Lucas was born on 11/25/12

In order for you to really understand what Lucas’ birth meant to me as a person, a woman, and as a mother, I feel like I need to cover the basics as to why this was a VBAC in the first place. My first son, Elijah, was born 9/25/10 (talk about coordinating birth dates!). On 9/23, I was almost 38 weeks pregnant and went in for my doctor’s appointment. My BP was high, I was swollen, and I had already done the 24-hour protein watch and knew my levels were high. This all together meant, of course, that I was pre-eclamptic. The hospital midwife felt that it was needed for me to be induced. I remember going home and trying SO hard to get a hold of my husband. He is in the military and was training “out in the field” which means no cell phones. I was a nervous, emotional, wreck thinking about becoming a mom, knowing that it was happening. My husband was bussed home that night.The next morning, I went back to make sure my BP was still high, which I knew it was. I was brought up to L&D and hooked up to an IV and the magnesium sulphate (to keep me from seizing, but it also stalls labor), a Foley bulb inserted, and that horrid pill, cytotec, inserted. I was held captive on that bed with a catheter. I folded and got the epidural when the nurse told me that it would “help me stay calm and would bring down my BP”. Long story short, the cascade of interventions led to me laboring in bed for 24 hours before I was told I could push.

No woman should ever feel like this in labor.

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After 3 hours, I was told that I just wasn’t made to birth and he couldn’t fit out of my pelvis. His heart rate was dipping, I was told. So I went in for the C-section. I remember being on the table and telling them I could feel a few pinches. That is the last thing I remember. My husband was brought in and asked anaesthesiologist if I was awake, “Of course she is! Go let her know you are here and comfort her.” He walked over and sat down, and I did not budge. I was knocked out. My husband truly believed I was dead for a while. When he asked about it, the anaesthesiologist’s response to knocking me was “oops, wasn’t supposed to do that.” Oops?! So glad they valued my life. Any who, my sweet baby boy was born, and instantly taken to the bed to be cleaned and poked. I was shaken awake by the anaesthesiologist with my baby wrapped up in a blanket in my face. I was able to kiss him and work out a smile, then off he went. In the recovery room (with no baby), I was told his magnesium levels were 7x the normal amount (from the absurd about of magnesium sulphate they pumped in me). He needed to be transferred but that it would be a few hours so I would see him. That never happened. 3 hours later, he was brought in already in the transfer machine. I was able to touch his hand and that was it. He was gone. 4 days later, they finally released me and we rushed to the hospital so I could hold my baby for the first time in the NICU. I was on cloud nine holding him for the first time. He went home with us 2 days later.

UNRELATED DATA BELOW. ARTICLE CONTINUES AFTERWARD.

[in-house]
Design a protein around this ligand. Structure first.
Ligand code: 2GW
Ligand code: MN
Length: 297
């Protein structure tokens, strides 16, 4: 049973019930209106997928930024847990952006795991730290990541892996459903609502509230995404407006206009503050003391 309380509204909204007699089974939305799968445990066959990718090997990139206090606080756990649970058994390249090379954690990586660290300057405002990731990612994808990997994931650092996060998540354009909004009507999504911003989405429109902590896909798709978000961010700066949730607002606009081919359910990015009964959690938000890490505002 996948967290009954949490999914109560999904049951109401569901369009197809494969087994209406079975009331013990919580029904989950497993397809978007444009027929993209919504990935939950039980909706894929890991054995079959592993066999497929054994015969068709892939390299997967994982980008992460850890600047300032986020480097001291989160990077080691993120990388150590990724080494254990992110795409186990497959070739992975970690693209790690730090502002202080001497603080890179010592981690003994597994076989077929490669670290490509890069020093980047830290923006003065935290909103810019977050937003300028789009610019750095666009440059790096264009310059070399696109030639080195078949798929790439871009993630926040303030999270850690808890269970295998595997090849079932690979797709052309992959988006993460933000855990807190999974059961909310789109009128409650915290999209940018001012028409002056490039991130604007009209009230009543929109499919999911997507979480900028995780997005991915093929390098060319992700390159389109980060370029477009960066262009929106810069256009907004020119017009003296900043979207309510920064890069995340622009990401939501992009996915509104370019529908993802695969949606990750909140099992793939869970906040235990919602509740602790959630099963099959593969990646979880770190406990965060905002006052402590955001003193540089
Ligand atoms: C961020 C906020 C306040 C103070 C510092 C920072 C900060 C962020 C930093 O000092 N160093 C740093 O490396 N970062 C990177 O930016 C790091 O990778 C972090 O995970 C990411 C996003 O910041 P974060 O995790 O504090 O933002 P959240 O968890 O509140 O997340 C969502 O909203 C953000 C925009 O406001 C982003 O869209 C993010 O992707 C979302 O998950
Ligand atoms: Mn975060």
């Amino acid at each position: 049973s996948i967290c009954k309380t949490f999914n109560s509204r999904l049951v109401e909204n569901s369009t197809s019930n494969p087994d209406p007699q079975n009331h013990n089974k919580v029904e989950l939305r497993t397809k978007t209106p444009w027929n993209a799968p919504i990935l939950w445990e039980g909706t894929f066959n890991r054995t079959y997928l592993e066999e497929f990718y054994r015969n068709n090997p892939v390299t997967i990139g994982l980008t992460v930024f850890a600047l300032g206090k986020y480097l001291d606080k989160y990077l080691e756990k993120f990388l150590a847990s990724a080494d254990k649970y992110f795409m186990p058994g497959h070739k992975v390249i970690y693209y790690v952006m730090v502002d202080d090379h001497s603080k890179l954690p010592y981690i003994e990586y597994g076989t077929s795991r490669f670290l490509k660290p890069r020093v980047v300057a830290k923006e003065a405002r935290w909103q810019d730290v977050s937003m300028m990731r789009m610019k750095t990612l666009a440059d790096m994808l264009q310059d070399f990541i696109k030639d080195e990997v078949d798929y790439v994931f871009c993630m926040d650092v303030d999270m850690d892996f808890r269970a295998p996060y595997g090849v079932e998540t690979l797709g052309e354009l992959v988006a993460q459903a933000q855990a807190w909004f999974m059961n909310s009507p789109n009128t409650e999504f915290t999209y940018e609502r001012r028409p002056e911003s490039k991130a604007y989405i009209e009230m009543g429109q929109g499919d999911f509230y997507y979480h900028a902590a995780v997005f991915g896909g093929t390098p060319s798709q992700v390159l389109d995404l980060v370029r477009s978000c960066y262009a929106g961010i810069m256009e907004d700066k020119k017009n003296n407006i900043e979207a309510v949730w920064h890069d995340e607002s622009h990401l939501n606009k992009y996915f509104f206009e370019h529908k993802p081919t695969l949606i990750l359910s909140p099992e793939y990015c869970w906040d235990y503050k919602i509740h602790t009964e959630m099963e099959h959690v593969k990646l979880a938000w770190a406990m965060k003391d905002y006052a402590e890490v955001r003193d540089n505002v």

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I struggled a lot to come to terms with his birth and everything that followed. I feel like that hospital did us so wrong in so many ways. I know in my heart that it was probably best to be induced but the way everything turned out just doesn’t feel like it should have happened. They refused to transfer me and I so ignorantly agreed. We struggled at breastfeeding because he was bottle fed for so long, and I had horrible PPD because of everything. I knew that when I had another, I would be educated, strong willed, and I would get the type of birth I so craved.

Fast forward 18 months…

When we found out I was expecting again, I instantly started educating myself about every little thing. I ate healthy, exercised, increased my water intake and my protein intake. I also struggled with where I would birth. The hospital went through a lot of changes and I spoke with the current head of L&D who made me feel pretty secure. They also had a special care nursery now which made me feel better. I decided that I would birth there again. Part of me thought it was the worst decision ever and I was crazy, but part of me wanted nothing more than to prove to every OB and midwife there that I could birth my babies, and my body was made for this. I decided to learn Hypnobabies, I hired a Hypnobabies Doula, and practiced and listened to my CD’s every chance I could.